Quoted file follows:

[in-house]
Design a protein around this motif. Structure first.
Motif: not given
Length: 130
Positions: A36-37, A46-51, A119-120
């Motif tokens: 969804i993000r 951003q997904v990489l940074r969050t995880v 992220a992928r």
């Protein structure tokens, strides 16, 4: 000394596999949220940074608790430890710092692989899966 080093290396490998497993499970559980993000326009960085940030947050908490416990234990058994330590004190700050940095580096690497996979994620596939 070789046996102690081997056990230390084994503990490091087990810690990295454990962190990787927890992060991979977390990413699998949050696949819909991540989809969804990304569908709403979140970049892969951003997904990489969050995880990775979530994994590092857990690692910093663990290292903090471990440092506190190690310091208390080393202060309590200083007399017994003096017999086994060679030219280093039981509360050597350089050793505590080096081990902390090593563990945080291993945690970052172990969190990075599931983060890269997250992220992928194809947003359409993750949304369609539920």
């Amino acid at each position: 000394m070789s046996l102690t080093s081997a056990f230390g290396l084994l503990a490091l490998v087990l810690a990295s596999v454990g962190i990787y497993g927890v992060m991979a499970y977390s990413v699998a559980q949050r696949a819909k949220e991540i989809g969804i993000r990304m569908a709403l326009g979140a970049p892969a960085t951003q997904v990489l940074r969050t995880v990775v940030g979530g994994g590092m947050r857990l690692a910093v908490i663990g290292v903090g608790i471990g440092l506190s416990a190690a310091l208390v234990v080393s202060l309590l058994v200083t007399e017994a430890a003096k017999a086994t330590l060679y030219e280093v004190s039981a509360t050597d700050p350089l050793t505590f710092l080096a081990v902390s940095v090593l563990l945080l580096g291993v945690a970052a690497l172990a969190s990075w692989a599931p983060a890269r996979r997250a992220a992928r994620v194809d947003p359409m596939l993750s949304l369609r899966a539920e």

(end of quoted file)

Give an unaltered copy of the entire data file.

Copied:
[in-house]
Design a protein around this motif. Structure first.
Motif: not given
Length: 130
Positions: A36-37, A46-51, A119-120
């Motif tokens: 969804i993000r 951003q997904v990489l940074r969050t995880v 992220a992928r």
């Protein structure tokens, strides 16, 4: 000394596999949220940074608790430890710092692989899966 080093290396490998497993499970559980993000326009960085940030947050908490416990234990058994330590004190700050940095580096690497996979994620596939 070789046996102690081997056990230390084994503990490091087990810690990295454990962190990787927890992060991979977390990413699998949050696949819909991540989809969804990304569908709403979140970049892969951003997904990489969050995880990775979530994994590092857990690692910093663990290292903090471990440092506190190690310091208390080393202060309590200083007399017994003096017999086994060679030219280093039981509360050597350089050793505590080096081990902390090593563990945080291993945690970052172990969190990075599931983060890269997250992220992928194809947003359409993750949304369609539920």
């Amino acid at each position: 000394m070789s046996l102690t080093s081997a056990f230390g290396l084994l503990a490091l490998v087990l810690a990295s596999v454990g962190i990787y497993g927890v992060m991979a499970y977390s990413v699998a559980q949050r696949a819909k949220e991540i989809g969804i993000r990304m569908a709403l326009g979140a970049p892969a960085t951003q997904v990489l940074r969050t995880v990775v940030g979530g994994g590092m947050r857990l690692a910093v908490i663990g290292v903090g608790i471990g440092l506190s416990a190690a310091l208390v234990v080393s202060l309590l058994v200083t007399e017994a430890a003096k017999a086994t330590l060679y030219e280093v004190s039981a509360t050597d700050p350089l050793t505590f710092l080096a081990v902390s940095v090593l563990l945080l580096g291993v945690a970052a690497l172990a969190s990075w692989a599931p983060a890269r996979r997250a992220a992928r994620v194809d947003p359409m596939l993750s949304l369609r899966a539920e």